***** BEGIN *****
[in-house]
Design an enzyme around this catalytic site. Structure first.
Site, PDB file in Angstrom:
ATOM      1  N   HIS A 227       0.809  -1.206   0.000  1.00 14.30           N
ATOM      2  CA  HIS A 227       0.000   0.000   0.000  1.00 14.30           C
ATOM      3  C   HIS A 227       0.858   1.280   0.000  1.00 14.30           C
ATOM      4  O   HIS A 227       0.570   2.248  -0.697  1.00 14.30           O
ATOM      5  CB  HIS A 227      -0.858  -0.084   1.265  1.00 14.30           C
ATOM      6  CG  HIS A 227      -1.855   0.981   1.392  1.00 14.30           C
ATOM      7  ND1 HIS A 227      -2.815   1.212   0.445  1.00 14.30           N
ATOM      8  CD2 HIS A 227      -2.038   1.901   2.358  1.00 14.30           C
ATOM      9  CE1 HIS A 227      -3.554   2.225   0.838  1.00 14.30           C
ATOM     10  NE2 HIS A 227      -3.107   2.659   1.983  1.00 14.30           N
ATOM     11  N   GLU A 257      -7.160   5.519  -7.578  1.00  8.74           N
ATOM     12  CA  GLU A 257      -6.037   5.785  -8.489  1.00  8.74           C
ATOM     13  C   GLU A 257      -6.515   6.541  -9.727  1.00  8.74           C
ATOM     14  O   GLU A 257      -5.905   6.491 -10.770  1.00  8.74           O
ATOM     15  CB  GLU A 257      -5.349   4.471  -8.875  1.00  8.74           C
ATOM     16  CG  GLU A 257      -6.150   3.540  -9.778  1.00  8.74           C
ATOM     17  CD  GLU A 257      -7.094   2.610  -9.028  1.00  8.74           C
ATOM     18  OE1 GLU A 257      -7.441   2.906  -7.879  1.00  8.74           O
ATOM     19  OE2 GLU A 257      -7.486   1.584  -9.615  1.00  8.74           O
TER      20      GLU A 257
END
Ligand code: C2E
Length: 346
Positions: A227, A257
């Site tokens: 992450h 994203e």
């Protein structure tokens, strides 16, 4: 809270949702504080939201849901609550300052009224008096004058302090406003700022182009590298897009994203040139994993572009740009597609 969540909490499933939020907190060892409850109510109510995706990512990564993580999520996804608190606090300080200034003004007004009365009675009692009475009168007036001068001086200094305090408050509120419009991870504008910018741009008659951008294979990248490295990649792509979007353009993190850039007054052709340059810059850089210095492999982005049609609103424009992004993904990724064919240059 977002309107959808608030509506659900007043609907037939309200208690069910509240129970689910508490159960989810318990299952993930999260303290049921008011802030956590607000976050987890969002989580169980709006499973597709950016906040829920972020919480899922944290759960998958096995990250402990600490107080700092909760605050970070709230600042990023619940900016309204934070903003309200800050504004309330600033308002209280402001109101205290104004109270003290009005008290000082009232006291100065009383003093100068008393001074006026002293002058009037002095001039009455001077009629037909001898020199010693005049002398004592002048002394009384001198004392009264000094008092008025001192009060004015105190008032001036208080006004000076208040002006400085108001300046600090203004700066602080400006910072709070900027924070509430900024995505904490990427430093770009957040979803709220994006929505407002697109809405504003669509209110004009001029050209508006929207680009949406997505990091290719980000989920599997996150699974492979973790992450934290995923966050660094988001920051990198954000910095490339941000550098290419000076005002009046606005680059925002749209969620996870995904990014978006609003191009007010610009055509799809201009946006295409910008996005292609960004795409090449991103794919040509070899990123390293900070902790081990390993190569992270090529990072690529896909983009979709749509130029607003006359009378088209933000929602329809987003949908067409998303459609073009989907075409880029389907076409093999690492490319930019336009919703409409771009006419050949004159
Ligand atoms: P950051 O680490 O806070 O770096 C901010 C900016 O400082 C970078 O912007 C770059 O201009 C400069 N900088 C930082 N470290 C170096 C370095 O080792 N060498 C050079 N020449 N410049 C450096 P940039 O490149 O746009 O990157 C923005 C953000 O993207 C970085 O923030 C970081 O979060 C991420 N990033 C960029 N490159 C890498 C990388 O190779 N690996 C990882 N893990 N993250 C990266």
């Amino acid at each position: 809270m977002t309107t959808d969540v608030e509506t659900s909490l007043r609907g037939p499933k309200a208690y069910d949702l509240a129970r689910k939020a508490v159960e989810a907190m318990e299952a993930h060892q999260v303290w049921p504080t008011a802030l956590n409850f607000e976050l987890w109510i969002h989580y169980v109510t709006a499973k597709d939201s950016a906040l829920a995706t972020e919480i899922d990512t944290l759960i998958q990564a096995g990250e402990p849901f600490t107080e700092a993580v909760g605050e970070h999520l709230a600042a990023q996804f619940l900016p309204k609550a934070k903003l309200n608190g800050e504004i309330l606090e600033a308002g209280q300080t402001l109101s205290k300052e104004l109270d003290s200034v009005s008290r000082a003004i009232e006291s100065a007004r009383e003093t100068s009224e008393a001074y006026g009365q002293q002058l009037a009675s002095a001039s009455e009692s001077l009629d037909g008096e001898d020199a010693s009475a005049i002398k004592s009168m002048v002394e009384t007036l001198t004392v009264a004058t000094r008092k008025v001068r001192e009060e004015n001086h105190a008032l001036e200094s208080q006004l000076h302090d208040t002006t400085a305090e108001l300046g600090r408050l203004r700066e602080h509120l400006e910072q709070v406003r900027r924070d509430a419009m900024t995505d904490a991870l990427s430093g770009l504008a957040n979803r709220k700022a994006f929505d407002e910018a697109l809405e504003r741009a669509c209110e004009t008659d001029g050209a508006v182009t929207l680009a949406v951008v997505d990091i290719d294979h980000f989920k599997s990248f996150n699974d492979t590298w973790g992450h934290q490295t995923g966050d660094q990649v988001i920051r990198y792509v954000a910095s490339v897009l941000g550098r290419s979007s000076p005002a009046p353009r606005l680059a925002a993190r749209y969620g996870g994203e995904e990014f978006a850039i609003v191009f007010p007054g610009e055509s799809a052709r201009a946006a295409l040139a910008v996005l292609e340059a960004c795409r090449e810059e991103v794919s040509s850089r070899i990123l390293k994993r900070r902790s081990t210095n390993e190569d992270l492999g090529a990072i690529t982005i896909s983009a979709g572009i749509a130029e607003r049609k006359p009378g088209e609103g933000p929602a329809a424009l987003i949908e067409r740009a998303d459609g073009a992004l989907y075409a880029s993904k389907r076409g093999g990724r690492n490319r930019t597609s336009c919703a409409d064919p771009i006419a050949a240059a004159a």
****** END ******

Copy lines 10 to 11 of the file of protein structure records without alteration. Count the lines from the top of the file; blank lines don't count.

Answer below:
ATOM      7  ND1 HIS A 227      -2.815   1.212   0.445  1.00 14.30           N
ATOM      8  CD2 HIS A 227      -2.038   1.901   2.358  1.00 14.30           C